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Ken Follett has made his mark as one of the most assured thriller writers in the business, and although his form has faltered of late, Jackdaws shows that he's lost none of his steely skill. The time is May 1944, and Follett takes us into the provincial French town of Sainte-Cecile, suffering under the Nazi yoke for several years as the novel begins. Follett's heroine is the resourceful "Flick", whose real name is Felicity Clairet. She is English, and honoured throughout the town as the wife of Michel, who heads the Resistance circuit based in Rheims. During the day, Flick performs first aid for the townspeople; by night she risks her life alongside her husband in the Resistance.
Flick has to persuade herself that she is ready for her most important mission: to inaugurate a fighting team for an attack on a château used as a key Gestapo base--her team (all women, with one exception) are the eponymous "jackdaws". This fresh concept is carried off with the kind of effortless skill that was the distinguishing feature of Follett's best books, and his protagonist Flick is a distinctive, unusual creation. --Barry Forshaw --This text refers to the Hardcover edition.
Time is running out. With D-Day rapidly approaching, the Nazis are actively trying to quash the French resistance. Meanwhile, Britain's Special Operations branch is working hard to supply the resistance with intelligence, supplies and agents. Felicity "Flick" Clairet is one of England's most effective operatives in northern France. Having failed in an assault on the Nazis' main European telephone exchange, she regroups in England for another attempt, this time with an all-female team that will infiltrate the exchange under the guise of a French cleaning staff. Unfortunately, finding female agents fluent in French proves impossible and Flick resorts to crash-training nonprofessionals for the task. Imagine Charlie's Angels (minus the campiness) in The Guns of Navarone. Written in Follett's (Pillars of the Earth, etc.) riveting style and with his penchant for historical detail, the Jackdaws (the codename of the all-girl team) are given a heightened air of authenticity with Kate Reading's performance. She flavors her confident delivery with a wry cynicism that is inherent to Flick's character, and her use of international as well as regional accents keeps the rapid narrative flowing flawlessly. Simultaneous release with the Dutton hardcover (Forecasts, Oct. 15, 2001).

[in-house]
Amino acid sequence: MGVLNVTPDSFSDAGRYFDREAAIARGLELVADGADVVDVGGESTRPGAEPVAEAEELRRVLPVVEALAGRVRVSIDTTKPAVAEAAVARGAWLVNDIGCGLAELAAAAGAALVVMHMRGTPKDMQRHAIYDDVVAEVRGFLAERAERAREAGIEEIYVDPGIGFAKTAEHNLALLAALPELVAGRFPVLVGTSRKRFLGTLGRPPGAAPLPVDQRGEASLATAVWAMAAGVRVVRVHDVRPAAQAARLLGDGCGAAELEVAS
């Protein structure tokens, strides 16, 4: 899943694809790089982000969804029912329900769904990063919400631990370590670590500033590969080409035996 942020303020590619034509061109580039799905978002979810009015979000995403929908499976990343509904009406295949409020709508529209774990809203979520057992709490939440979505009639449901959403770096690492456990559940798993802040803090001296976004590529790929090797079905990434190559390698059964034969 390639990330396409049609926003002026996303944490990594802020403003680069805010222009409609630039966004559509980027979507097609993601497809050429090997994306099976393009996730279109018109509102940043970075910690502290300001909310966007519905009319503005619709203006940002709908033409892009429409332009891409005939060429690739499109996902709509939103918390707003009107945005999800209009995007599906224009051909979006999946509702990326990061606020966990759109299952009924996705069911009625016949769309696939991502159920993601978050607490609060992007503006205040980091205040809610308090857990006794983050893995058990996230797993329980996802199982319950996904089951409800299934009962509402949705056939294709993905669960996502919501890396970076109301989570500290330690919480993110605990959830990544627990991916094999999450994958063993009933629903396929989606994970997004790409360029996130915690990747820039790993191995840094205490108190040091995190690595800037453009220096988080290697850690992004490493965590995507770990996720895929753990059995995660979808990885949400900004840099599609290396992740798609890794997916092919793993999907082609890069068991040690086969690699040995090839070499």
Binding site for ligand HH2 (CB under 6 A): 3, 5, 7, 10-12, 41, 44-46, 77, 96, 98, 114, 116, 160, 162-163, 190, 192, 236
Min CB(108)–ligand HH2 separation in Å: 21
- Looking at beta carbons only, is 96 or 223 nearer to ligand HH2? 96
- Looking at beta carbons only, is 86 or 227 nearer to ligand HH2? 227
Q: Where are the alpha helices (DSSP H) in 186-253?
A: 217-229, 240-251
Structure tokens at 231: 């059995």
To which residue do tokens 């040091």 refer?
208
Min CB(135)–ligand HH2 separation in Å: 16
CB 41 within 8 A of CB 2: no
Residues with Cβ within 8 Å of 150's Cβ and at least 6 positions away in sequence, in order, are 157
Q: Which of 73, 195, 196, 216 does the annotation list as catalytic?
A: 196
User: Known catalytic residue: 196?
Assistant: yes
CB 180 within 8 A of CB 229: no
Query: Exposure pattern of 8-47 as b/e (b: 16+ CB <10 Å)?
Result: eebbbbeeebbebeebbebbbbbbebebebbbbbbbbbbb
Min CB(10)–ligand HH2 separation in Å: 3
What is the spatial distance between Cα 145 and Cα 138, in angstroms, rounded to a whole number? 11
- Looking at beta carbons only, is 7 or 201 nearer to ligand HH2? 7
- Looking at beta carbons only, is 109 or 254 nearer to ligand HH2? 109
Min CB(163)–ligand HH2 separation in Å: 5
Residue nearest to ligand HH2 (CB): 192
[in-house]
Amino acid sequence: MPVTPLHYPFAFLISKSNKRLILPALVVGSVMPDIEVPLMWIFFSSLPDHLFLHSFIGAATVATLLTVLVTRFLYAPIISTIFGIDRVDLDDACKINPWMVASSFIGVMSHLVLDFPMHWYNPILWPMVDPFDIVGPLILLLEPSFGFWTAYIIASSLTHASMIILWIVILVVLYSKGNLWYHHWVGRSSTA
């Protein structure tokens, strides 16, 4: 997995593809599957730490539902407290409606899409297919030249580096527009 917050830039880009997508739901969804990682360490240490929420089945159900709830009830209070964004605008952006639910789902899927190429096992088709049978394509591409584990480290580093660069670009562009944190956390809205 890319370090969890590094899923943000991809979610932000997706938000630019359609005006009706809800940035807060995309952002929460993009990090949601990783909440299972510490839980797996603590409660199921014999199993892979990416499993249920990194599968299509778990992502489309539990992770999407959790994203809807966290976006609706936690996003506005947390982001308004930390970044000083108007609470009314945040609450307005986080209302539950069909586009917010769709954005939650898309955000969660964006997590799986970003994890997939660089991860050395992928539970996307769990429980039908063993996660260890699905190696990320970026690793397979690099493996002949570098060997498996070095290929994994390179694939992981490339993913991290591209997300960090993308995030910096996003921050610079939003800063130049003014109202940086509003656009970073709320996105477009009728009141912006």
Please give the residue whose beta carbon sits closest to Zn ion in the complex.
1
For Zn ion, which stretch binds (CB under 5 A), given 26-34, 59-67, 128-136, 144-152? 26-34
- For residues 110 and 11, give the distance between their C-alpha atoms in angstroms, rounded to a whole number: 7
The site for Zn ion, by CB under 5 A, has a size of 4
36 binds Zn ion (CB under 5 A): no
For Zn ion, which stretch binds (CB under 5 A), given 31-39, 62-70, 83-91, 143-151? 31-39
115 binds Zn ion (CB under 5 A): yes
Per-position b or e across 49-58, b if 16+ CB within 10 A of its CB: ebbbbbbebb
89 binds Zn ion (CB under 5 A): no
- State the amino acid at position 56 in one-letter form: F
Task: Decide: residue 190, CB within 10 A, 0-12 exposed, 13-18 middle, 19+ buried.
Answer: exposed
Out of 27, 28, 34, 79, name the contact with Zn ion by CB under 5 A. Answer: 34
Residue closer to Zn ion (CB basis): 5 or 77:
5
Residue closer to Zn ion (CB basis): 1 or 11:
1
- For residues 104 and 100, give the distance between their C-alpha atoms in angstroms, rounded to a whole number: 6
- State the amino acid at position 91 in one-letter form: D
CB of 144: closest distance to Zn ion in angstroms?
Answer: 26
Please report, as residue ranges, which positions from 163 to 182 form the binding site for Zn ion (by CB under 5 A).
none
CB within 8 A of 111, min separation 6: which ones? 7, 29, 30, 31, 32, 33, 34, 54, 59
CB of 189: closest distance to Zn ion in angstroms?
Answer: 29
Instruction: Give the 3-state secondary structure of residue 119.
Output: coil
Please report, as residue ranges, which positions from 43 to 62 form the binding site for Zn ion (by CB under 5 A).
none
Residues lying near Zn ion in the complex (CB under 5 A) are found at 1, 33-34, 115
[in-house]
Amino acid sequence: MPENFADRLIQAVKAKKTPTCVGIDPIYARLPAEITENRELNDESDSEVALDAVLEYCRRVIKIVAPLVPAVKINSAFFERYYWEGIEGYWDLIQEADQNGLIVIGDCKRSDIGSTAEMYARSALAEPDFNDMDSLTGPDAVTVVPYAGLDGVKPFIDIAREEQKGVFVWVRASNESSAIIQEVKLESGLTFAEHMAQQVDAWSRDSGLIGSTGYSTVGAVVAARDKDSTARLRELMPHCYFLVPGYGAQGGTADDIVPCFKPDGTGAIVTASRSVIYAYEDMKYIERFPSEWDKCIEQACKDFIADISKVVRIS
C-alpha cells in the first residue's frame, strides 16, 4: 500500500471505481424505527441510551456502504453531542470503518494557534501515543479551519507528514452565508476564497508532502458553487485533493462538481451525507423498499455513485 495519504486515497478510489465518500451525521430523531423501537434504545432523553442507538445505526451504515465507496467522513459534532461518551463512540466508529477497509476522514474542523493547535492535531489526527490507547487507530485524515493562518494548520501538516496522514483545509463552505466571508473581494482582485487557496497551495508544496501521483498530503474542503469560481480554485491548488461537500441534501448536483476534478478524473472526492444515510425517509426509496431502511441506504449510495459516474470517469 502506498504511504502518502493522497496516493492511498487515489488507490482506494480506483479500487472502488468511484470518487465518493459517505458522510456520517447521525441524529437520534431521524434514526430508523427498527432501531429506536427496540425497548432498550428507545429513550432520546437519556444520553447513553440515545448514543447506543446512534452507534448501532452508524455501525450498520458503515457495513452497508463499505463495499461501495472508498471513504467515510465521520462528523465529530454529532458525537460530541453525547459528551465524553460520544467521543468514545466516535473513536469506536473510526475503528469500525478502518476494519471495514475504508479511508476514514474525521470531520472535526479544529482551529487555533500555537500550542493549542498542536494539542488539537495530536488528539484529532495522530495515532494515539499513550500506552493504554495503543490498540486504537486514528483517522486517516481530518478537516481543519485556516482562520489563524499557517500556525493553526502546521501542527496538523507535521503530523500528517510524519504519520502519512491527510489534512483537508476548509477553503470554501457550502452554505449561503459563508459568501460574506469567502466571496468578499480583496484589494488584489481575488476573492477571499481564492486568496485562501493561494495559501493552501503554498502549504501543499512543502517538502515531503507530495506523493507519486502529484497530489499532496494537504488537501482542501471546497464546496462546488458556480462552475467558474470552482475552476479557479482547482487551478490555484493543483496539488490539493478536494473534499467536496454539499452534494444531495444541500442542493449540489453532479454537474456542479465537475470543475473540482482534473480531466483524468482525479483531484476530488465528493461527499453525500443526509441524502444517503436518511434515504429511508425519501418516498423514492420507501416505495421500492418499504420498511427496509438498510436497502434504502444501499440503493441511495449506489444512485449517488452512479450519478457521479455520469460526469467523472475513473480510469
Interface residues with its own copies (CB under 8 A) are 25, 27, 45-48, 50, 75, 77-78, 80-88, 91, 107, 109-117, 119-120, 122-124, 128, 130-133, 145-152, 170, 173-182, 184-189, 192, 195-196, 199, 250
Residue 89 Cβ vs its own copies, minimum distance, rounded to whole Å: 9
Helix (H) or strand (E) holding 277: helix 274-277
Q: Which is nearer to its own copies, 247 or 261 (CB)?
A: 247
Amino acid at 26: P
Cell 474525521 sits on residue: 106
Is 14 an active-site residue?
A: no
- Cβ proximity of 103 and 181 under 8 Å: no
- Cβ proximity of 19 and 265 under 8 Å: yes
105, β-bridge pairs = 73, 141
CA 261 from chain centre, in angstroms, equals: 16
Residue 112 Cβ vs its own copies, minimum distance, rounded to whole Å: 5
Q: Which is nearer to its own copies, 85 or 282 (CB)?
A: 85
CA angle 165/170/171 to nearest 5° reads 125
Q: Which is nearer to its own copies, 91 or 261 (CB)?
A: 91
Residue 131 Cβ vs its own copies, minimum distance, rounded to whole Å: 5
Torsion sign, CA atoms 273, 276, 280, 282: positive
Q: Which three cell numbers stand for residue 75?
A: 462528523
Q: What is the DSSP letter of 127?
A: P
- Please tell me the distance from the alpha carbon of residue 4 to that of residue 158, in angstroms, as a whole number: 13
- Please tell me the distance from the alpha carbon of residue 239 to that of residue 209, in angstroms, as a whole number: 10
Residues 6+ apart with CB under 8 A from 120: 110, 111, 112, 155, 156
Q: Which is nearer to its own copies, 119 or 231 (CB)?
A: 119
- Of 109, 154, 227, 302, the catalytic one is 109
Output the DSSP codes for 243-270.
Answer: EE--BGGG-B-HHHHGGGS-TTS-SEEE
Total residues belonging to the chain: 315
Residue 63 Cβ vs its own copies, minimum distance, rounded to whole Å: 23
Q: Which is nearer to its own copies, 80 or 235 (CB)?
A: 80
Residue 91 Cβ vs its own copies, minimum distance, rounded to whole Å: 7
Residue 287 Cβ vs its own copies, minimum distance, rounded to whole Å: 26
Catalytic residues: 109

Copyright 2002 Cahners Business Information, Inc. --This text refers to an out of print or unavailable edition of this title.
enjoyed it very much. Ken Follett is very good at keeping you turning pages and chapters.Before you know it you are half way through the book and it way past your bed time . Read morePublished 4 months ago by Walter Adams
When reading this book I couldn't help but be amazed at Mr. Follett's gift of story telling in the context of history. Read morePublished 17 months ago by Michal
Ken Follett's great story telling combined with amazingly accurate details about women's role in WW2 espionage/sabotage from a British point of view. Read morePublished 18 months ago by EH
Waiting for the next one ... Ken Follettt is one of my favourite autors.
Already recommended it ot my friends.
Every Follett book is special, and so is this one.
You won't regret it.
I loved this book, I couldn't put it down. The topic was great, it kept you on the end of your seat. I highly recommend it!Published on Jan. 20 2009 by G. Wilson
I had not read anything for several years when I picked up the book Jackdaws. This was my first Ken Follett book. I could not put this book down. Read morePublished on March 3 2004 by Jeremy OBrien
I am a keen reader of Folletts work. Even though they all give similar flavor in different wrapping, I think his ability keep the reader on the tip toes must be... Read more